How can you help a student become an independent learner?

By providing the skills necessary to identify and communicate information effectively, a student can become an independent learner. Identify strengths and weaknesses, and create a game plan for the student to leverage his/her strengths and improve on the weaknesses.

How would you help a student stay motivated?

During a session, I keep students engaged by having them actively participate. I don't preach math or grammar; I engage the learner.

If a student has difficulty learning a skill or concept, what would you do?

If a student has difficulty learning a skill or concept, I try different approaches of explaining the concept, relating it to something they are familiar with. Then it's practice, practice, practice. We start applying the concept in simple situations and progressively increase the difficulty level.

What strategies have you found to be most successful when you start to work with a student?

In the beginning, I ask for a lot of feedback from the student to ensure my methods are productive. I make adjustments as necessary.

How do you build a student's confidence in a subject?

Positive reinforcement and communication. Many times, students are just told what they've done wrong. I also look for and acknowledge what they've done correctly. I have them explain the process they followed step by step, and have the student verbalize his/her thought process and gently correct them with directed questions.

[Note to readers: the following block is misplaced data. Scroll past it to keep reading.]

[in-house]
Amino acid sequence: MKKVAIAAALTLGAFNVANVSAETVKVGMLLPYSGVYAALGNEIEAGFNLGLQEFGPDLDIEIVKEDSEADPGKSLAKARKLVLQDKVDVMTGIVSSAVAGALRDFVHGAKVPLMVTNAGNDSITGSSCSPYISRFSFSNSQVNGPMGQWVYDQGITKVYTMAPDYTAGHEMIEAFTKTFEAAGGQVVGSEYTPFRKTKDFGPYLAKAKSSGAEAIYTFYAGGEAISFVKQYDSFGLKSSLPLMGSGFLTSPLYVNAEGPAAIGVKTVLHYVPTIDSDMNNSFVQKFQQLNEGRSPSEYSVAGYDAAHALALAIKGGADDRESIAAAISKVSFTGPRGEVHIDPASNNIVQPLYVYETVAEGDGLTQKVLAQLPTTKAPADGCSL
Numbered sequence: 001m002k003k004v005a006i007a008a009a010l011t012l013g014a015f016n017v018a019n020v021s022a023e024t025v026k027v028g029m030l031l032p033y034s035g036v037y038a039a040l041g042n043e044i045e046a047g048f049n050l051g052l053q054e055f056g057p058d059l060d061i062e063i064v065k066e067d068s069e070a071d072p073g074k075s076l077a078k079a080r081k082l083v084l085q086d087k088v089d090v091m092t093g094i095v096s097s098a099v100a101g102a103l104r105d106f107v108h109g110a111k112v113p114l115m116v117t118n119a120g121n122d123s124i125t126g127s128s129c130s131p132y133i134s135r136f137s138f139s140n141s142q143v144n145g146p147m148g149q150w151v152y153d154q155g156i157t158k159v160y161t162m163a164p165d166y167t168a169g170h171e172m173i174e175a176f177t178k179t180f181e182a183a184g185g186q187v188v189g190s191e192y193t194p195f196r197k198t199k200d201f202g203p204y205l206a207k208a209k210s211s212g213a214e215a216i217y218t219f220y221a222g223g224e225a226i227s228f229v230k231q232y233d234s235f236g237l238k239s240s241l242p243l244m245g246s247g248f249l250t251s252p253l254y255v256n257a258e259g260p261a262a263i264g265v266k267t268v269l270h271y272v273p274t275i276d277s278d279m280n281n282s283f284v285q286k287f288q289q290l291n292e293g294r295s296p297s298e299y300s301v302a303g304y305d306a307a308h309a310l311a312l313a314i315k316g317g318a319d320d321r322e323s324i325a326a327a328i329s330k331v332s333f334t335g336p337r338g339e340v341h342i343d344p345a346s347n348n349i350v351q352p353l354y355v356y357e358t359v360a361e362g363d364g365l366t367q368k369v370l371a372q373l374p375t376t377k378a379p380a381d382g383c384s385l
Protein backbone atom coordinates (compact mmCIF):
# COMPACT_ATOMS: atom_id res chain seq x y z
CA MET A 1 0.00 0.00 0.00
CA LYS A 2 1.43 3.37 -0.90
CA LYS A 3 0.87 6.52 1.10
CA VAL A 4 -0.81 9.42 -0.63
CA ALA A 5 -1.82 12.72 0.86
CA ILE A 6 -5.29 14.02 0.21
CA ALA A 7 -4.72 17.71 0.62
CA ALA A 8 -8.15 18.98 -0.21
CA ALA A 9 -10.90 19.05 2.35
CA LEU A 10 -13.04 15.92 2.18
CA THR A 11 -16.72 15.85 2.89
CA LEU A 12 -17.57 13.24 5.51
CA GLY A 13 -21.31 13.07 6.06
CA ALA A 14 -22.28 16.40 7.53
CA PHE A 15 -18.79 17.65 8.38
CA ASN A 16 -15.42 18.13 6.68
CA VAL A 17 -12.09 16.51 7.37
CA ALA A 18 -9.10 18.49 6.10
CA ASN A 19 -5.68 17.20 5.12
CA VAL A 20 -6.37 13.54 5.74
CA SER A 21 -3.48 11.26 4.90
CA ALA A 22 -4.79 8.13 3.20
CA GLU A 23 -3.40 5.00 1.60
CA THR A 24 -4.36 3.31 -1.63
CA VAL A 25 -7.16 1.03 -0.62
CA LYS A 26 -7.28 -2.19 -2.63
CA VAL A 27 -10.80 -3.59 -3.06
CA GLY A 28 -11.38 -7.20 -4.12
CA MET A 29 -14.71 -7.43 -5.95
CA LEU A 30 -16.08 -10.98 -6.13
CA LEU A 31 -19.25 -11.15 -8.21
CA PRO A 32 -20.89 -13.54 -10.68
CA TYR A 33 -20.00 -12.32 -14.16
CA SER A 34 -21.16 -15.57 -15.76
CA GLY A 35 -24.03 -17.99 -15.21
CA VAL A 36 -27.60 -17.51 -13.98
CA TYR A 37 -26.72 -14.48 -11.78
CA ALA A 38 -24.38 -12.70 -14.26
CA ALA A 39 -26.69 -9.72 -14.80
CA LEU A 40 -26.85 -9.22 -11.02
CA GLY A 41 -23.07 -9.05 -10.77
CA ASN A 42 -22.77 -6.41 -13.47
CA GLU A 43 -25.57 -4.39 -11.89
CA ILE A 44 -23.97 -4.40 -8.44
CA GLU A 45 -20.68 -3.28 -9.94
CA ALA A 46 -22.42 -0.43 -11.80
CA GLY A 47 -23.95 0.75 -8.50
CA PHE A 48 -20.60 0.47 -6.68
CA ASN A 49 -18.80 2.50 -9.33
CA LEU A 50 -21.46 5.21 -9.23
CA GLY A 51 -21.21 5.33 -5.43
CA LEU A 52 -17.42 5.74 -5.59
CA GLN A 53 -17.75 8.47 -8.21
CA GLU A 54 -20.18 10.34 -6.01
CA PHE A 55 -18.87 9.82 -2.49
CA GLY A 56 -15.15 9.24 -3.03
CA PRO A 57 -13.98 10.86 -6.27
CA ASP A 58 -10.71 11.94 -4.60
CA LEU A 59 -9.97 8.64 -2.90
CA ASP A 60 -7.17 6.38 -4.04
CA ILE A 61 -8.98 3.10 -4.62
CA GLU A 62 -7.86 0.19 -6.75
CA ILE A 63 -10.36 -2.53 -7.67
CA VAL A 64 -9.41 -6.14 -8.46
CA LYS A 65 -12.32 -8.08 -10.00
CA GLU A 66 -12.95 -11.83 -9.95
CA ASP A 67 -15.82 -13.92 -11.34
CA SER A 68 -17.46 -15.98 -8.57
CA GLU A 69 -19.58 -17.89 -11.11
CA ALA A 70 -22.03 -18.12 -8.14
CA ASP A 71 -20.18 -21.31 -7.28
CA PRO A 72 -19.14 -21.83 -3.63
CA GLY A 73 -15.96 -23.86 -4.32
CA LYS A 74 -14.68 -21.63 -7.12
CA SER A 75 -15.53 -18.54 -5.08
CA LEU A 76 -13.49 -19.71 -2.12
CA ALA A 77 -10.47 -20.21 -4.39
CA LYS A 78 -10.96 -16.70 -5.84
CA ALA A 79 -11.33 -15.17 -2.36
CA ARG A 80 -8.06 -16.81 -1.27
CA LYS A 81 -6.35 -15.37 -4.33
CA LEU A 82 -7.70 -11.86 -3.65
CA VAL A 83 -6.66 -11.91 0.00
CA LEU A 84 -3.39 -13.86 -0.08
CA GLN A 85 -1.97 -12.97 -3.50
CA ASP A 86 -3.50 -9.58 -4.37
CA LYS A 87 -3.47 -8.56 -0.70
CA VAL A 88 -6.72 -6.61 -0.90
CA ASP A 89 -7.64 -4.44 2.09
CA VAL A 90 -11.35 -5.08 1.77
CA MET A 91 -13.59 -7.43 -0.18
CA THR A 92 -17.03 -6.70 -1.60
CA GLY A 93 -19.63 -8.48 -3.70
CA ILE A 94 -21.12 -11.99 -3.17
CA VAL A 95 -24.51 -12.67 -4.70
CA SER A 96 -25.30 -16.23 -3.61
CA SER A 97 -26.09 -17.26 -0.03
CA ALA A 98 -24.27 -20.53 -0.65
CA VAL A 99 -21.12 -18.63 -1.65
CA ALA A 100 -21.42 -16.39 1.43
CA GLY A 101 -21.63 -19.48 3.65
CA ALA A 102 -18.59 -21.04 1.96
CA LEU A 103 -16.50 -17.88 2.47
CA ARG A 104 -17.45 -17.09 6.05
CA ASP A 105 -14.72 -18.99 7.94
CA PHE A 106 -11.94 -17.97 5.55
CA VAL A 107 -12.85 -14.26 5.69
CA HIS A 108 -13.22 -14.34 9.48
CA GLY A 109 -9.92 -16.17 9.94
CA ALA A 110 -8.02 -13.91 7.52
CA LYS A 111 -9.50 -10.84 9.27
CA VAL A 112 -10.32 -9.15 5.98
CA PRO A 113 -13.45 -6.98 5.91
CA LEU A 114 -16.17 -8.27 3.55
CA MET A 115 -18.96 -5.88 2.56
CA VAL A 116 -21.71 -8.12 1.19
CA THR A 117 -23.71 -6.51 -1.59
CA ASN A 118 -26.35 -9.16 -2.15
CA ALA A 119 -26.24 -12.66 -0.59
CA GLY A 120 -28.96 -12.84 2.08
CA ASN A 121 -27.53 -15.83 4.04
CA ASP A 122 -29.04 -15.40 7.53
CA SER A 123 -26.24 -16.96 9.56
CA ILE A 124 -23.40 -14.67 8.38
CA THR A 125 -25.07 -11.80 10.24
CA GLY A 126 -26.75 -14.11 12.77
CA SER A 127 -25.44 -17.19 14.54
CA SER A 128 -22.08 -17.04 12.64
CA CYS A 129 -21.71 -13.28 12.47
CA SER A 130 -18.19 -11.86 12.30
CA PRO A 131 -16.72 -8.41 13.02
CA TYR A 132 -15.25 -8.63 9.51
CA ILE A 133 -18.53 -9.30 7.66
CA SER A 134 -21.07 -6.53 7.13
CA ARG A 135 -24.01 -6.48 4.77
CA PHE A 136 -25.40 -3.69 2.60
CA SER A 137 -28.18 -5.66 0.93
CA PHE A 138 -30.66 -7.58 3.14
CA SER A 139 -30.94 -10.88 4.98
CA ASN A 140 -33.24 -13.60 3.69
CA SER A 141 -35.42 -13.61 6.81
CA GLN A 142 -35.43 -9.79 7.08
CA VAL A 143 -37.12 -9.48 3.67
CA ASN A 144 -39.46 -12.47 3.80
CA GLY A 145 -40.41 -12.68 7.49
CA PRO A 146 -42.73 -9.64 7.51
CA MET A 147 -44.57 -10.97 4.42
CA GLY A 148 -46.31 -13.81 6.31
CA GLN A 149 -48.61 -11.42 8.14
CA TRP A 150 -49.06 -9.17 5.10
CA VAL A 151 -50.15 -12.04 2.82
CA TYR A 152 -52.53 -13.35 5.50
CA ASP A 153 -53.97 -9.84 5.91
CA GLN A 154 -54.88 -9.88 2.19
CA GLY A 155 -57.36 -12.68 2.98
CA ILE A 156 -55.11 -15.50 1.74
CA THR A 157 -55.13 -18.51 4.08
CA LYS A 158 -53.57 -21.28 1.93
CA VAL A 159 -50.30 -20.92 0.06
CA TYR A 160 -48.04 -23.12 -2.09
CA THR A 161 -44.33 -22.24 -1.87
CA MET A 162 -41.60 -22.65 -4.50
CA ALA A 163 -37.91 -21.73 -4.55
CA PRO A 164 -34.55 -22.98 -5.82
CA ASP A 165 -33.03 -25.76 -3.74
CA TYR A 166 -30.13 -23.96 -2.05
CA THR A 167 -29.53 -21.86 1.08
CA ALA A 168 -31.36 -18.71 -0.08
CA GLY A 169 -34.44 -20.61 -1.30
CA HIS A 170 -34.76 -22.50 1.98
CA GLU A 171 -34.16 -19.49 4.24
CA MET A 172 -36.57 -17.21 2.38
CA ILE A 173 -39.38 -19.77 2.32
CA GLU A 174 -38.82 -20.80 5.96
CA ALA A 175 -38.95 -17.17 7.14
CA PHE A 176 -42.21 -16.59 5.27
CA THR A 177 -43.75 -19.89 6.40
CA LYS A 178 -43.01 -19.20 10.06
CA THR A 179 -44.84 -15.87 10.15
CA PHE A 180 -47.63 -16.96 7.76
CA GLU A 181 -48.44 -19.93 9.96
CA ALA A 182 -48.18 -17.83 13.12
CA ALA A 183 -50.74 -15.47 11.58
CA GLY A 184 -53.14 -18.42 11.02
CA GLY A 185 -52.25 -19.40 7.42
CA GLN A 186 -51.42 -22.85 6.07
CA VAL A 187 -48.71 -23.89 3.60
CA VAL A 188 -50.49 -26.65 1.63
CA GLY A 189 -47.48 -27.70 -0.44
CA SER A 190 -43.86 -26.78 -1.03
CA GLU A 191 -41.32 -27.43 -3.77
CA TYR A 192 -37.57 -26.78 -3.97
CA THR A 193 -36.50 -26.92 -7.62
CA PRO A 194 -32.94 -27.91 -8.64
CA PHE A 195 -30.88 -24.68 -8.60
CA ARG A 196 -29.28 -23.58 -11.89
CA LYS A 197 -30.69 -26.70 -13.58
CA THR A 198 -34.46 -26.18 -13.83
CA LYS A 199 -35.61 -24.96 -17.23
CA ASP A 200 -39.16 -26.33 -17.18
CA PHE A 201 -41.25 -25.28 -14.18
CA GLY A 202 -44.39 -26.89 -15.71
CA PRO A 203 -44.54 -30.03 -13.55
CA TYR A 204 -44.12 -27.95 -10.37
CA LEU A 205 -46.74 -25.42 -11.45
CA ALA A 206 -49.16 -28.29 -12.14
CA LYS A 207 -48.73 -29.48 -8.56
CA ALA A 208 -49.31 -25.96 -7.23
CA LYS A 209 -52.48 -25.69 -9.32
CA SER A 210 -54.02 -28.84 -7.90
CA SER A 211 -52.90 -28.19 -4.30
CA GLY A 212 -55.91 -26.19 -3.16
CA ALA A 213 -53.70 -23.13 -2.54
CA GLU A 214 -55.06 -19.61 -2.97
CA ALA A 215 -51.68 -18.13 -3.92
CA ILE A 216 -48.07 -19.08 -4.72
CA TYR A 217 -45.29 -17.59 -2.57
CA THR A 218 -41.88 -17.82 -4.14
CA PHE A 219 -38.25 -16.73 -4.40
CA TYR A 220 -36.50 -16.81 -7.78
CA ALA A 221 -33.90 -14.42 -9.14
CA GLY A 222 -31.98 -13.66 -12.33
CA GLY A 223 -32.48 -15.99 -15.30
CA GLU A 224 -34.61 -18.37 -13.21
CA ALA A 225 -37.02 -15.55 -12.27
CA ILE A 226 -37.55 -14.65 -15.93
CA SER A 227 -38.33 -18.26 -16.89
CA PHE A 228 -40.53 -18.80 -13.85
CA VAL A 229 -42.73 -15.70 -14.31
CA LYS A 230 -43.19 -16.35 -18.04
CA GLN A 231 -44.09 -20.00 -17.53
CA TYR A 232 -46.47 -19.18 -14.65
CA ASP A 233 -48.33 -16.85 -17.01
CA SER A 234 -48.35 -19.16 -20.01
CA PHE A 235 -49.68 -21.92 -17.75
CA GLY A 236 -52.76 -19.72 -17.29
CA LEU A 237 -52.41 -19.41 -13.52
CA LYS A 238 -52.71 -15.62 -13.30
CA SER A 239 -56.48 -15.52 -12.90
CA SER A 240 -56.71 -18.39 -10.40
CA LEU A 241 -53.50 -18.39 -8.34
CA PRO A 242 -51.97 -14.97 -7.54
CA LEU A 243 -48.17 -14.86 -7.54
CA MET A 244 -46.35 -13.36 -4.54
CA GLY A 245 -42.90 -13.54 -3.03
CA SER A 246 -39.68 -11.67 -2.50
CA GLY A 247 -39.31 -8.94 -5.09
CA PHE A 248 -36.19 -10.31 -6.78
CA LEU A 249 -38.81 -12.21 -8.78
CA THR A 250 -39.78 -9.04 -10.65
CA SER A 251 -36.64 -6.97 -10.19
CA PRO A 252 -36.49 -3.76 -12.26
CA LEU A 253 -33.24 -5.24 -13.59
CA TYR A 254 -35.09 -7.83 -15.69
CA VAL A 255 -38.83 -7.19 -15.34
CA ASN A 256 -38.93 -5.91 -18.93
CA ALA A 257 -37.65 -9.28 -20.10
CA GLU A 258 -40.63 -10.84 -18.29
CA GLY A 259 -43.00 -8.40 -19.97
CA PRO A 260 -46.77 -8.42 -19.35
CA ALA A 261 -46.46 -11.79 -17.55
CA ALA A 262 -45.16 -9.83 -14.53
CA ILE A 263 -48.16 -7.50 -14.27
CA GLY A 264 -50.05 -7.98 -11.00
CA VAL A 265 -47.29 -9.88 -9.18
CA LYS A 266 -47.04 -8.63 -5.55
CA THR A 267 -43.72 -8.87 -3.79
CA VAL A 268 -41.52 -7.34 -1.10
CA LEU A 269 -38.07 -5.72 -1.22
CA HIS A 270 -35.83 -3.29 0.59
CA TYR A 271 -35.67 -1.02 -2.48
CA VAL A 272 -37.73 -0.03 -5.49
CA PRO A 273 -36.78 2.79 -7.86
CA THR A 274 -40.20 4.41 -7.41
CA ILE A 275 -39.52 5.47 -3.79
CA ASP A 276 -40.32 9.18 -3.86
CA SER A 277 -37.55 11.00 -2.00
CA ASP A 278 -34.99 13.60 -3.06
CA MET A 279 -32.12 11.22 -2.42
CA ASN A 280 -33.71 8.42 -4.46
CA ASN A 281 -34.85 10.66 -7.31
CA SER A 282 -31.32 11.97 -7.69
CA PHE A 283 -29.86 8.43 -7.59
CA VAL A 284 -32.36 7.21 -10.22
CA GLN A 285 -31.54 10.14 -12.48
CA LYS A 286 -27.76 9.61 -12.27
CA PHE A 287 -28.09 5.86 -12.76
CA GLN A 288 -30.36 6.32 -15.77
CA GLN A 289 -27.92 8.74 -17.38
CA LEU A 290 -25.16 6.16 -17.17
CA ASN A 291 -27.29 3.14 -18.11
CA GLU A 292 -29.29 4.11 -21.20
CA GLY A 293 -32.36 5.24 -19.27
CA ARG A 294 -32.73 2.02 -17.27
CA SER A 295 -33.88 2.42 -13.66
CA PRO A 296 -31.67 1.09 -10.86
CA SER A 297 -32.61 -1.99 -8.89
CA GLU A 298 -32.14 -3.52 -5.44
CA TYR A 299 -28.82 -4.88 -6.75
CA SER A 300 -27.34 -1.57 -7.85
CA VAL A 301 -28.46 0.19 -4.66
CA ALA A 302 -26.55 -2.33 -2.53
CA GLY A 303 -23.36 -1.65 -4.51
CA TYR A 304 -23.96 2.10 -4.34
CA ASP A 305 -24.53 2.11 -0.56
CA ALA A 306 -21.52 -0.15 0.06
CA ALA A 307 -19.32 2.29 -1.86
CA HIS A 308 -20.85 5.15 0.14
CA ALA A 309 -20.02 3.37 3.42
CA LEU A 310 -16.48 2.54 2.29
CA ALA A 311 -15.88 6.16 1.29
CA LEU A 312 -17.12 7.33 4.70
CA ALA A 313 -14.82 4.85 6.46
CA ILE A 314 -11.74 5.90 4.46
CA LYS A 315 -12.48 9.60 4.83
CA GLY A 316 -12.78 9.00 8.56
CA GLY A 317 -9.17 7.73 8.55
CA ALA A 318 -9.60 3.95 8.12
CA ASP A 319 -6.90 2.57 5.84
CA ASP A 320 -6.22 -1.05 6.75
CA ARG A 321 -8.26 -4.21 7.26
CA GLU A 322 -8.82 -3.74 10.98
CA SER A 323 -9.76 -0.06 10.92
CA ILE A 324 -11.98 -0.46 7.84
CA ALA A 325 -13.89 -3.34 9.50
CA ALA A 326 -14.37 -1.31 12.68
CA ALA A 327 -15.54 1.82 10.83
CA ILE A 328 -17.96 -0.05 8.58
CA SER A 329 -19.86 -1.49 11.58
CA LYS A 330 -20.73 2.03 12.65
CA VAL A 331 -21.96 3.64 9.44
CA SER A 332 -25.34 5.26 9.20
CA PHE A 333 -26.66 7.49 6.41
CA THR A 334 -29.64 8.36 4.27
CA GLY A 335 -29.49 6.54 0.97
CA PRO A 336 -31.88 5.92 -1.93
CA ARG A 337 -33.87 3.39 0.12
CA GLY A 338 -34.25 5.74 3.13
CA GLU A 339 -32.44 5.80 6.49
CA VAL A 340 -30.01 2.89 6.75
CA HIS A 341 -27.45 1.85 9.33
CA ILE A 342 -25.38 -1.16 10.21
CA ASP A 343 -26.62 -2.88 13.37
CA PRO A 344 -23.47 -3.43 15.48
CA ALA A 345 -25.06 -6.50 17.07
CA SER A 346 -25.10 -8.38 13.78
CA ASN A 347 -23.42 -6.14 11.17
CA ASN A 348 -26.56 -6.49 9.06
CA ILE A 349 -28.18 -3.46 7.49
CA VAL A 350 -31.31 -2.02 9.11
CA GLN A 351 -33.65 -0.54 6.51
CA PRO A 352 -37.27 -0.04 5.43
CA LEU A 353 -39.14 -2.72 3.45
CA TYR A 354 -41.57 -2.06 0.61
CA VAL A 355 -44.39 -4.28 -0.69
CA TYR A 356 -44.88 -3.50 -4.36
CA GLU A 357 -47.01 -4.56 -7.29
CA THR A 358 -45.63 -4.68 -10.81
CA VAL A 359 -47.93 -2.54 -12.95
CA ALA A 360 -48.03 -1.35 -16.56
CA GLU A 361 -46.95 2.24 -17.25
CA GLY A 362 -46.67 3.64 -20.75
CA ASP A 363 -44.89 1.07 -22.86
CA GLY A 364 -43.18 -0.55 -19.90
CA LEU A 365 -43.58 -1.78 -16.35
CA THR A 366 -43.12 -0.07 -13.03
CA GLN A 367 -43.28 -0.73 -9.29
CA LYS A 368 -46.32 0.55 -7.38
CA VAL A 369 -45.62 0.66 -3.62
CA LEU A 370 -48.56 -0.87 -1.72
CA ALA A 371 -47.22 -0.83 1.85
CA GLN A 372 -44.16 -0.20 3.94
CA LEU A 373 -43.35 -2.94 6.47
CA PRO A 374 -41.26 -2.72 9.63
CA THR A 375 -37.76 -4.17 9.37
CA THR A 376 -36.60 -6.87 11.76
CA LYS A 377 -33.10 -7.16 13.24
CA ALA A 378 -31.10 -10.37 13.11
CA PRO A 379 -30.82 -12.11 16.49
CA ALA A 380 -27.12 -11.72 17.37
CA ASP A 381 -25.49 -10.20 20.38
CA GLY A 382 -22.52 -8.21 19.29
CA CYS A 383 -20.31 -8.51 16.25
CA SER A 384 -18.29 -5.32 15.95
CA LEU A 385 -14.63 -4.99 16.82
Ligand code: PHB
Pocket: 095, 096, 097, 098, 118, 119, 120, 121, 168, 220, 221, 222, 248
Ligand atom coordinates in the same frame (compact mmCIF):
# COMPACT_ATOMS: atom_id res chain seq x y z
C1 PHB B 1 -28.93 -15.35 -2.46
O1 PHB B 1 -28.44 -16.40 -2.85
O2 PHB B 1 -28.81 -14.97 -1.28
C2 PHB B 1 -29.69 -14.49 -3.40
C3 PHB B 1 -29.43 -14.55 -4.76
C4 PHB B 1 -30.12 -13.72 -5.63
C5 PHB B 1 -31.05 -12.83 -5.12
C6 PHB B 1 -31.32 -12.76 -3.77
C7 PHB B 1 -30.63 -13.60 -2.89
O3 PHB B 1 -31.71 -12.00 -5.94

How do you evaluate a student's needs?

Review of score/homework reports and trial and error. A student might be assigned to me with a specific intent, but upon observation, I find there is actually an underlying concern. I correct the trajectory and address everything that needs to be addressed.

How do you adapt your tutoring to the student's needs?

Flexible scheduling, varying teaching styles, and reinforcement. Figure out what drives a student and you can do anything.

What types of materials do you typically use during a tutoring session?

During sessions, I primarily utilize online content and .pdfs. If I've recommended a specific book for the student to purchase, we'll work out of that, but 95% of the materials I use are available online for free.

How do you help students who are struggling with reading comprehension?

Reading comprehension improvement can exist for multiple reasons. We have to identify the source of the difficulty and work on that. A lot of times, a student just needs a little guidance and open conversation about the process. Eliminate the anxiety and fear of being wrong, and that's 75% of the battle.

How would you help a student get excited/engaged with a subject that they are struggling in?

Tutoring a student in a subject they don't like can be challenging. I like to ask the students why they don't like a certain subject, and have a discussion about the utility of a particular class. I've honestly rarely had a student I couldn't engage in the process.

What techniques would you use to be sure that a student understands the material?

Confirmation of understanding is critical to progress. Lots of questions are asked, and repetitive practice is completed. I often have student verbalize their thought process while evaluating information.